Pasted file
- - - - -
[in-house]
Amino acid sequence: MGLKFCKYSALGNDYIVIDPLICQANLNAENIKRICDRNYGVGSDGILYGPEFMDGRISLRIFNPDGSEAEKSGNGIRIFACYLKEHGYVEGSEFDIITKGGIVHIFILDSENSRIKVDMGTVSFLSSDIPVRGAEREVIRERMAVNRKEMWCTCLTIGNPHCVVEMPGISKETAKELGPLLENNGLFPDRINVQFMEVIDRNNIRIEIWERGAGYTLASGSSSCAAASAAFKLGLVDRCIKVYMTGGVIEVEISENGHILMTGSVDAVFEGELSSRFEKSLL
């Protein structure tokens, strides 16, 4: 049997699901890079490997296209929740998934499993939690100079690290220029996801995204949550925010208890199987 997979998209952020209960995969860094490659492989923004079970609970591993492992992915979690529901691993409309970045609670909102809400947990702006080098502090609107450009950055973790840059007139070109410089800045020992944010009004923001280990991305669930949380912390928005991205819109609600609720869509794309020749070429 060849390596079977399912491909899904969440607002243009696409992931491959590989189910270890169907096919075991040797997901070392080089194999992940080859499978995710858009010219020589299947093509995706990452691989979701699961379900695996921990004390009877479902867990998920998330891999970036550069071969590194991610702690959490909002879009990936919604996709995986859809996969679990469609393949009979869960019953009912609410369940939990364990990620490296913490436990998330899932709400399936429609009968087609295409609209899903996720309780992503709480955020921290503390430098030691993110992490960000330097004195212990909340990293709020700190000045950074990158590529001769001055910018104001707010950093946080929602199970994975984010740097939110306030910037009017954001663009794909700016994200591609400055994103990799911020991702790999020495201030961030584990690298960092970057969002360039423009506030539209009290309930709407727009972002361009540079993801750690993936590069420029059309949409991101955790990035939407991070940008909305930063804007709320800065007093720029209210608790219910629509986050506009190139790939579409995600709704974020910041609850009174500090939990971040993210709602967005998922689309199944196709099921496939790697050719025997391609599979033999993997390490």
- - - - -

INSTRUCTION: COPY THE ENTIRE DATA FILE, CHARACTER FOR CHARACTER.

[in-house]
Amino acid sequence: MGLKFCKYSALGNDYIVIDPLICQANLNAENIKRICDRNYGVGSDGILYGPEFMDGRISLRIFNPDGSEAEKSGNGIRIFACYLKEHGYVEGSEFDIITKGGIVHIFILDSENSRIKVDMGTVSFLSSDIPVRGAEREVIRERMAVNRKEMWCTCLTIGNPHCVVEMPGISKETAKELGPLLENNGLFPDRINVQFMEVIDRNNIRIEIWERGAGYTLASGSSSCAAASAAFKLGLVDRCIKVYMTGGVIEVEISENGHILMTGSVDAVFEGELSSRFEKSLL
């Protein structure tokens, strides 16, 4: 049997699901890079490997296209929740998934499993939690100079690290220029996801995204949550925010208890199987 997979998209952020209960995969860094490659492989923004079970609970591993492992992915979690529901691993409309970045609670909102809400947990702006080098502090609107450009950055973790840059007139070109410089800045020992944010009004923001280990991305669930949380912390928005991205819109609600609720869509794309020749070429 060849390596079977399912491909899904969440607002243009696409992931491959590989189910270890169907096919075991040797997901070392080089194999992940080859499978995710858009010219020589299947093509995706990452691989979701699961379900695996921990004390009877479902867990998920998330891999970036550069071969590194991610702690959490909002879009990936919604996709995986859809996969679990469609393949009979869960019953009912609410369940939990364990990620490296913490436990998330899932709400399936429609009968087609295409609209899903996720309780992503709480955020921290503390430098030691993110992490960000330097004195212990909340990293709020700190000045950074990158590529001769001055910018104001707010950093946080929602199970994975984010740097939110306030910037009017954001663009794909700016994200591609400055994103990799911020991702790999020495201030961030584990690298960092970057969002360039423009506030539209009290309930709407727009972002361009540079993801750690993936590069420029059309949409991101955790990035939407991070940008909305930063804007709320800065007093720029209210608790219910629509986050506009190139790939579409995600709704974020910041609850009174500090939990971040993210709602967005998922689309199944196709099921496939790697050719025997391609599979033999993997390490």